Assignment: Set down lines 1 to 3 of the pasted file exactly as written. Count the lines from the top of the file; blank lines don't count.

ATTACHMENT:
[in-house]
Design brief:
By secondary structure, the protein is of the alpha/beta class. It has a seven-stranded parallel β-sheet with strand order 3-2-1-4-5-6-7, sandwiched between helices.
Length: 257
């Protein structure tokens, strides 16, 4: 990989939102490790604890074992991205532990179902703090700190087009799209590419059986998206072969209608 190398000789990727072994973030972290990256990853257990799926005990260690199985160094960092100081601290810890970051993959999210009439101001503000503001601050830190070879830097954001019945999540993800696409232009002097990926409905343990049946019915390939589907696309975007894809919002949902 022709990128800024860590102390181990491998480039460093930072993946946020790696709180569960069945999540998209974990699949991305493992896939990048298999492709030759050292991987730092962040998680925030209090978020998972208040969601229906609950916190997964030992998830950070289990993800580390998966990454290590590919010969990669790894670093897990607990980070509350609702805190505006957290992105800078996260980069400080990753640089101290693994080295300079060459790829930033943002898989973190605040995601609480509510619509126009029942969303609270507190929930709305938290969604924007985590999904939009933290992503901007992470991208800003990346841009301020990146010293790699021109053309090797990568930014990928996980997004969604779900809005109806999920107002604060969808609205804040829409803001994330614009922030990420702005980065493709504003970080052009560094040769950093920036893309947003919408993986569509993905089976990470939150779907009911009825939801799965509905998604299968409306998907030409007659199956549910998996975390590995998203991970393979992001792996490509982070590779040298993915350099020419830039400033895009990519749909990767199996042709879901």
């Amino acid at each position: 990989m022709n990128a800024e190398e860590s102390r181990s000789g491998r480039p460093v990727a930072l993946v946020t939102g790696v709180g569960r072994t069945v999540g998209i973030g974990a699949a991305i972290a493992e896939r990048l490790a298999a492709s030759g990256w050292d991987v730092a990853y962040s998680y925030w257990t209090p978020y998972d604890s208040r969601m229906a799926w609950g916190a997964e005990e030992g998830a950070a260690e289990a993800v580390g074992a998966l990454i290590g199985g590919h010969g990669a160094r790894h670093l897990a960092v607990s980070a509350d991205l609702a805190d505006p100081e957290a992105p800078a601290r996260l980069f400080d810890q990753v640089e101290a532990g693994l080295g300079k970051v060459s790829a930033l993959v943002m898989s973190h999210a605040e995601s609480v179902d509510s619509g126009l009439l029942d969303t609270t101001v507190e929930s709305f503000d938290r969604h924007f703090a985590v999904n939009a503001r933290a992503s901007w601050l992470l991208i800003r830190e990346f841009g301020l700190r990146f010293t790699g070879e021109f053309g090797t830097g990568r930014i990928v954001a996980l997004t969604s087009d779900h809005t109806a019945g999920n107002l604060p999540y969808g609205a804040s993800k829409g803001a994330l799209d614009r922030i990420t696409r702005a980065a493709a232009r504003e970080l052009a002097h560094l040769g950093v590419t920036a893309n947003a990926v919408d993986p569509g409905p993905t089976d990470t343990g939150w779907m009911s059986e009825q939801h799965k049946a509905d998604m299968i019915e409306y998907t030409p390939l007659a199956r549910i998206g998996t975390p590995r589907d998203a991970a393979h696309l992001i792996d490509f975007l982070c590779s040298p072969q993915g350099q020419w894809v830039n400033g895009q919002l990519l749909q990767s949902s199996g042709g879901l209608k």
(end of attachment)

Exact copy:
[in-house]
Design brief:
By secondary structure, the protein is of the alpha/beta class. It has a seven-stranded parallel β-sheet with strand order 3-2-1-4-5-6-7, sandwiched between helices.